Generations: your stories
Several readers have sent their own accounts for this series. Here’s a selection. You can send your own story to the Generations project by emailing firstname.lastname@example.org
You can be part of the Irish Times Generations project, whether you’re in your 70s, 60s, 50s, 40s, 30s, 20s or teens. Send your story, or that of a person you know, to email@example.com
- Michael Parkinson, 88: ‘I’ve never had a passport’
- Dan Gallagher, 87: ‘I go to Mass every morning, partly to see who’s still alive’
- Dervla Murphy, 82: ‘What do I think of politicians? A pile of f**king s**ts’
- Marie Fannin, 86: ‘Women should have a choice about abortion’
- Vincent Buckley, 87: ‘Men have changed since my time’
Bernadette Dunne, 75: ‘I know some people who sit at their computer most of the day, and I think it’s a waste of time’
I was born in February 1939, the eldest of seven children. I lived with my parents, grandmother, great-grandmother and aunt in the suburbs of Dublin.
After I got married we lived in London, then Dublin. My husband enjoyed his work, I got a part-time job and we raised four girls and two boys. Now only two are living abroad – by choice, not forced emigration.
One of the best moments of our lives was in 1992, when we became grandparents for the first time. One of the most awful things that ever happened to me was my husband dying, in 2000, after a very long illness. I thought my life was over.
Four months later my mother died, at the age of 87. Roll forward another nine months and my nephew died suddenly, aged 23, on a football training ground, from sudden cardiac death syndrome. My brother later lost a second son in similar circumstances.
I’m a Catholic with a good faith – I go to Mass, I sing in my church choir – but it’s not so much the church but God who keeps me going.
I listen to radio all the time, especially Lyric FM. I love Marty Whelan and Gay Byrne. I grew up listening to Gay. I can’t believe he’s almost 80.
The biggest change in society I see now is children not playing outside on the street. Maybe there aren’t as many children – or is it that they all play electronic indoor games?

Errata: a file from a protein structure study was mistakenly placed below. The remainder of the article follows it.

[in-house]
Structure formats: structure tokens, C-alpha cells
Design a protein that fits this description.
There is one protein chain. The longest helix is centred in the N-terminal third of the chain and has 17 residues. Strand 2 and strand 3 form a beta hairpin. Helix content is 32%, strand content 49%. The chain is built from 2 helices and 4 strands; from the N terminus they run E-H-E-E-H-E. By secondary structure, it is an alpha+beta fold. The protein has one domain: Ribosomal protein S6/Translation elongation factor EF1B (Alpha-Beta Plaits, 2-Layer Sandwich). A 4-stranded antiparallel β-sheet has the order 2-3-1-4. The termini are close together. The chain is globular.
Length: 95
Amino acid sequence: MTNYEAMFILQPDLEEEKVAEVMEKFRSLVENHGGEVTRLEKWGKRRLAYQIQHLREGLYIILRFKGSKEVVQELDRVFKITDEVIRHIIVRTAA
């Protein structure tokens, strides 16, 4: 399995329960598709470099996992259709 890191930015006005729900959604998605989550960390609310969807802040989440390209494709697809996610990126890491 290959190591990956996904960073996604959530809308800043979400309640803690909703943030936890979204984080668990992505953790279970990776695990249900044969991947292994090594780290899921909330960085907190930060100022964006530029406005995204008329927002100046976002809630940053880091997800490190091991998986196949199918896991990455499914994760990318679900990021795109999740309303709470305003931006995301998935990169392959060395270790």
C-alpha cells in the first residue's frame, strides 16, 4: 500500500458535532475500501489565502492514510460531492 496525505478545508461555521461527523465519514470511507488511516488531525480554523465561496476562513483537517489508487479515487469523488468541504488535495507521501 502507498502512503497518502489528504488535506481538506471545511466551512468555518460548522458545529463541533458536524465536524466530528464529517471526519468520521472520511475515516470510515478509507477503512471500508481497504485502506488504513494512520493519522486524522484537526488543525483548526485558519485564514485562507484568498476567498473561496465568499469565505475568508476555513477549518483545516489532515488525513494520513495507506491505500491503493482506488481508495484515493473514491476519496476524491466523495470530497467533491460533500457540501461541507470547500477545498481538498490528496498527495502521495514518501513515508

I’ve made a conscious decision not to become computer-literate. My daughter types my emails, although my preference is the written word. Some of my friends are surprised and amazed by this choice, but letter writing is still my favourite.
I know some people who sit at their computer most of the day, and I think it’s a waste of time.
Paul Burns, 61: ‘Margaret chose not to tell her siblings about me, and one of the saddest times of my life was being at her funeral not as her only son but as a ‘close friend’ of one of her daughters’
My first home was in Rathcoole, a predominantly Protestant housing estate in north Belfast. Unable to afford their own home, my Catholic parents moved there shortly after I was born.
Each July, Orange flute bands would halt their marches on the road outside the homes of Catholics and beat their Lambeg drums. My mother suffered a nervous breakdown, and we were allocated a new house in Andersonstown, a mainly Catholic estate.
During the Troubles, innocent members of my family and friends were killed in sectarian attacks. I myself narrowly missed serious injury in two car-bomb attacks. But I stayed out of trouble, restricting my activities to protest marches against internment and other injustices.